In the article How to Read a Movie by Roger Ebert, he talks about all of the components that go into making a movie. Just like photography, I learned there is a lot more involved than what meets the eye. Ebert talked about concepts of positive, negative, stronger, weaker, stable, past, future, dominant, submissive, color, lighting, shadows, construction, characters, dialogue, acting, history, sources, influences, and messages that are all evaluated within a movie. I learned every camera angle, every light, and every microphone placement are well though out before the filming actually starts happening. I was amazed at how much went in to “reading” a film.
I watched the Star Wars Continuity Mistakes and it was pretty entertaining to watch. I could watch that movie 100 times and probably would have never recognized any of those mistakes. I thought the video was kind of ridiculous at the same time though with pointing out the littlest things like that. I figured when you are making a movie as big and as detailed as that you will have some tiny mistakes.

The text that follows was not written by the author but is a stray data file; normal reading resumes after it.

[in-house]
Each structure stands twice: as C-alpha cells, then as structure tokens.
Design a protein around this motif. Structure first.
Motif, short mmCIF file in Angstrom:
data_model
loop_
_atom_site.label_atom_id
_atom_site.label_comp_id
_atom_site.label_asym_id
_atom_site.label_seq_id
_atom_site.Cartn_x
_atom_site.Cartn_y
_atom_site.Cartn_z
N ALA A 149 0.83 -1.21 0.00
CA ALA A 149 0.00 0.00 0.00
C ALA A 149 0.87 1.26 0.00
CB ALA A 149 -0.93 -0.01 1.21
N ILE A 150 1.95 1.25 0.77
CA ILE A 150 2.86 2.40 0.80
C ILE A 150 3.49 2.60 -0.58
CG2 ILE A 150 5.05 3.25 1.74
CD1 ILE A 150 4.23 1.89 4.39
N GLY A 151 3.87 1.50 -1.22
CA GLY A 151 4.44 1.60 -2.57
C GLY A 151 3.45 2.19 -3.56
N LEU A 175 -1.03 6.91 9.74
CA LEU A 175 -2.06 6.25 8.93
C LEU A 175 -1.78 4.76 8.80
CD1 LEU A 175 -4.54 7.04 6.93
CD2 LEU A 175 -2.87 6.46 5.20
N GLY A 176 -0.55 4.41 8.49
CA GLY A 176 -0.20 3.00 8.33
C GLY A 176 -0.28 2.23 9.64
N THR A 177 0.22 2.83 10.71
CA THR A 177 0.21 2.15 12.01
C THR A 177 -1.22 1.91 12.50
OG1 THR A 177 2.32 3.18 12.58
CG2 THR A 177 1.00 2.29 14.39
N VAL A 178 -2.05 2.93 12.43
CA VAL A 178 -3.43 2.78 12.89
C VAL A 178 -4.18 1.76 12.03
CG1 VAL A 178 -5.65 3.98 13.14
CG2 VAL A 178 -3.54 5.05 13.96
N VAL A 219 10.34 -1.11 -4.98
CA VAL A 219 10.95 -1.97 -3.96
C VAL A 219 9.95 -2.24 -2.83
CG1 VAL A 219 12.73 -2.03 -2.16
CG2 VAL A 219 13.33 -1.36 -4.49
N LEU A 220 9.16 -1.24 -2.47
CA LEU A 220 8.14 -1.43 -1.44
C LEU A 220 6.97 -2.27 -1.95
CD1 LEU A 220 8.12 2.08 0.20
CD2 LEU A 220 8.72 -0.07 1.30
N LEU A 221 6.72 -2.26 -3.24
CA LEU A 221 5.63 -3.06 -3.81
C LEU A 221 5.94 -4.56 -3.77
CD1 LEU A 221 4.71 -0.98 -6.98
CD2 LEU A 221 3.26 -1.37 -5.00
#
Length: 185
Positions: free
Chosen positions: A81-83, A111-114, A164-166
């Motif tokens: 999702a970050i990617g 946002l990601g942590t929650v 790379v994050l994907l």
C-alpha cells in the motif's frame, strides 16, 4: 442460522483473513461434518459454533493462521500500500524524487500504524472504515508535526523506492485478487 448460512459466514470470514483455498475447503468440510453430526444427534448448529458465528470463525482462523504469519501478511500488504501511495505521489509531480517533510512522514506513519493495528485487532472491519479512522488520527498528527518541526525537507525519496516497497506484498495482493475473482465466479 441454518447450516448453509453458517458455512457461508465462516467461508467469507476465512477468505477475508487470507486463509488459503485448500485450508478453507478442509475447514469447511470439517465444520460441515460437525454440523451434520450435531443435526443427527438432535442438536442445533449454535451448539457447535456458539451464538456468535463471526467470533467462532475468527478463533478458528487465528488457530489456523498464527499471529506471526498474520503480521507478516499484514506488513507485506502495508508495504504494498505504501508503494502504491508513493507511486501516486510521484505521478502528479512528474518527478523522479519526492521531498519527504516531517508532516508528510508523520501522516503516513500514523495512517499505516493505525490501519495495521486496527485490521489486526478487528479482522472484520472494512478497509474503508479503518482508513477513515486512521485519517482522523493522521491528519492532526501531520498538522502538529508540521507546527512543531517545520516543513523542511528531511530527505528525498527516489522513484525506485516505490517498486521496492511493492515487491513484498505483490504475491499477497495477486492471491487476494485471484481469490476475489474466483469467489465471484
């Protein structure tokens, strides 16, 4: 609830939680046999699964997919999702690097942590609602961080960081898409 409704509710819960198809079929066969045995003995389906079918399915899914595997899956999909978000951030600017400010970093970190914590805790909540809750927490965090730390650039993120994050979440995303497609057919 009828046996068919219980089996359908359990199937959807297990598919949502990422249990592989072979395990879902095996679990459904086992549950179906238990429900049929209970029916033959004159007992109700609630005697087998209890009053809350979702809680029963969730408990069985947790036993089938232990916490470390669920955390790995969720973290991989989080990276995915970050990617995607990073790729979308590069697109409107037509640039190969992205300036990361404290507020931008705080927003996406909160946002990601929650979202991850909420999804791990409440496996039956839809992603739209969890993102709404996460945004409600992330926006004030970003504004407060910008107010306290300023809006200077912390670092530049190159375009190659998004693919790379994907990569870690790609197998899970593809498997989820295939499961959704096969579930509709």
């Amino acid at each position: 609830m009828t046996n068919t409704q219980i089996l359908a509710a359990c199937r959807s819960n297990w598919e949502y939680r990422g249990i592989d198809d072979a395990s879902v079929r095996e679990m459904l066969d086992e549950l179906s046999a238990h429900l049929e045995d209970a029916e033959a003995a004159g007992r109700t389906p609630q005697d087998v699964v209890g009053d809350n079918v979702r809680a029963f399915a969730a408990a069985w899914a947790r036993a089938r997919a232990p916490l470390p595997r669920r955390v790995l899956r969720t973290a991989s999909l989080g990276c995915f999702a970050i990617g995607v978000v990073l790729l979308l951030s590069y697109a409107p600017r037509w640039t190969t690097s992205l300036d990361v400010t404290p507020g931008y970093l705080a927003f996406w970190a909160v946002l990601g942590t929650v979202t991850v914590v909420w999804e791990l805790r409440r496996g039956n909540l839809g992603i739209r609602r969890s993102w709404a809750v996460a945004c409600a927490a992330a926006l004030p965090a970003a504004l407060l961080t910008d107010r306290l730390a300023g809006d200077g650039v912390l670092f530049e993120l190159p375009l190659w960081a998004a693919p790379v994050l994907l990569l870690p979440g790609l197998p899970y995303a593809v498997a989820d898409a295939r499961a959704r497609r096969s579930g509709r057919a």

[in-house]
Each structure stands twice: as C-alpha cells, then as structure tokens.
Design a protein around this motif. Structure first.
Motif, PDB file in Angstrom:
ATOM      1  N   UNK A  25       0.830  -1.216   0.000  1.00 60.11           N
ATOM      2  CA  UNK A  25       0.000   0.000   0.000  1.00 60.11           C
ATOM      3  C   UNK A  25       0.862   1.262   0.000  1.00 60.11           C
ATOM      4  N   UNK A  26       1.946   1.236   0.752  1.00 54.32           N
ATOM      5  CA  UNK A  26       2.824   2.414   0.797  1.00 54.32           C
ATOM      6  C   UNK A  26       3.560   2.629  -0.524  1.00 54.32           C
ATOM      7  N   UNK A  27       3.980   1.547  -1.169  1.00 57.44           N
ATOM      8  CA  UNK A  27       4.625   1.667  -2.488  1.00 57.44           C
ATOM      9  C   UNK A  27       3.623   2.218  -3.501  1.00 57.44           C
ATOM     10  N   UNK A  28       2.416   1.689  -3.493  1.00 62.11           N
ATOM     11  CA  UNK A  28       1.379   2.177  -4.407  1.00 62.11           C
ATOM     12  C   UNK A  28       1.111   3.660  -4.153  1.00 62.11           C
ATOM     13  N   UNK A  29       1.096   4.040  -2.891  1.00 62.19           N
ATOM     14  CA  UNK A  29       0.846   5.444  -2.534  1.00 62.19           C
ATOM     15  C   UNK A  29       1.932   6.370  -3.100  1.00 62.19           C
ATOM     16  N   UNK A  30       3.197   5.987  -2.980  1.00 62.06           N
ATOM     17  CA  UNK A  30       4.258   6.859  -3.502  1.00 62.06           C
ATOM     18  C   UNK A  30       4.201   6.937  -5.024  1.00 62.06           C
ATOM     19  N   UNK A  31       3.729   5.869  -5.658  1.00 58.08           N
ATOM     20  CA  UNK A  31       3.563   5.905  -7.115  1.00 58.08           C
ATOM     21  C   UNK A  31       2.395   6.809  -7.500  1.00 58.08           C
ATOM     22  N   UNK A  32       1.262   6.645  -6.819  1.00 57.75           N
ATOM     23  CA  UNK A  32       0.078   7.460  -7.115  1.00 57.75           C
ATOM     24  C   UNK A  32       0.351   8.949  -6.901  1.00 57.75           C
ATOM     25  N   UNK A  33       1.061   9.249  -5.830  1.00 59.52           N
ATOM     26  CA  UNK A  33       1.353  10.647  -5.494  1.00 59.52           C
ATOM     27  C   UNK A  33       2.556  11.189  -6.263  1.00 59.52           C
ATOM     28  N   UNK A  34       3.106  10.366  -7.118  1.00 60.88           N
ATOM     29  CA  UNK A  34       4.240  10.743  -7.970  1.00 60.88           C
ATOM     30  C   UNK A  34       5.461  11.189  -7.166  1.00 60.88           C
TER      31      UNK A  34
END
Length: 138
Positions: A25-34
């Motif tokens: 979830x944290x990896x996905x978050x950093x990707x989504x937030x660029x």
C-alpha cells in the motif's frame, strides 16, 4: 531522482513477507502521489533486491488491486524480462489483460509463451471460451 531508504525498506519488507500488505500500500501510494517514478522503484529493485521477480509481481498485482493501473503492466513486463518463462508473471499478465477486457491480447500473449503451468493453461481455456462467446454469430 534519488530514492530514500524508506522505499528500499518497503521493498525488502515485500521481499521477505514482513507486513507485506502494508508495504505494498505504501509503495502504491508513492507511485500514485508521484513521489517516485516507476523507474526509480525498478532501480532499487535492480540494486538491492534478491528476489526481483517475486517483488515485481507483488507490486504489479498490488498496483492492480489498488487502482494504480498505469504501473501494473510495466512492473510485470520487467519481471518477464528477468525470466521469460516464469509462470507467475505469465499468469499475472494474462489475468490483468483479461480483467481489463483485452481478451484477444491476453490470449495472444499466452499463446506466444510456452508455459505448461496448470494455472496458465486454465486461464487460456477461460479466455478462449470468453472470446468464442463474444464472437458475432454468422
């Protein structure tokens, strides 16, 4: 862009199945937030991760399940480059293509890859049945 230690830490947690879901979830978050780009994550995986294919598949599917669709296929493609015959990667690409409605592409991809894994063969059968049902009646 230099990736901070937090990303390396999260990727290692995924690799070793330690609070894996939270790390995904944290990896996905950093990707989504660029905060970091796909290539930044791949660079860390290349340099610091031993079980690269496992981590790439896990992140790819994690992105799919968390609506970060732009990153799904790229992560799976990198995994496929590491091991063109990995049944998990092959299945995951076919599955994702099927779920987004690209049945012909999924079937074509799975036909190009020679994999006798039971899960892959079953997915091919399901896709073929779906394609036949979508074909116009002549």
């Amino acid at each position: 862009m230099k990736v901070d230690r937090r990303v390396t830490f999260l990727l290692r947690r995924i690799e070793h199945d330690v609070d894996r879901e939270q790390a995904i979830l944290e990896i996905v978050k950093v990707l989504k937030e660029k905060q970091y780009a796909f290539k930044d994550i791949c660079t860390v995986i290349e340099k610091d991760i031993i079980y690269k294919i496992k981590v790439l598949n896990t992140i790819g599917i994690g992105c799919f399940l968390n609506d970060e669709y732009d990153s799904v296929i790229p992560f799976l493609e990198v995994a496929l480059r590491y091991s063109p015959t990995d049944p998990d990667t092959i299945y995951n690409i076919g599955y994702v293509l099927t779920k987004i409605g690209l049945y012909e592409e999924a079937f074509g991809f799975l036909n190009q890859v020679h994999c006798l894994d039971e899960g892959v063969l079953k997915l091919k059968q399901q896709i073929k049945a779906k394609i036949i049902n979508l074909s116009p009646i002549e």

Next, I watched The Shining- Zooms and it was a pretty weird video, I guess to go along with a pretty weird movie. The zooms in and out of the characters were used to add dramatic effect and to add to the tension of the movie. I even felt uneasy when all of them were zooming in and out and then added the erie music.
Last, I watched the match cut video and it is also super weird. Besides how weird the video is, it shows an example of a match cut. According to the video a match cut is “in which two shots with similar compositional elements are joined.” In the video the transition from the bone to the space ship is an example of a match cut is often used in movies. For this case, it is easy to pick out the match cut because of how bad the transition is. I would love to see this movie one day for the not so good special effects.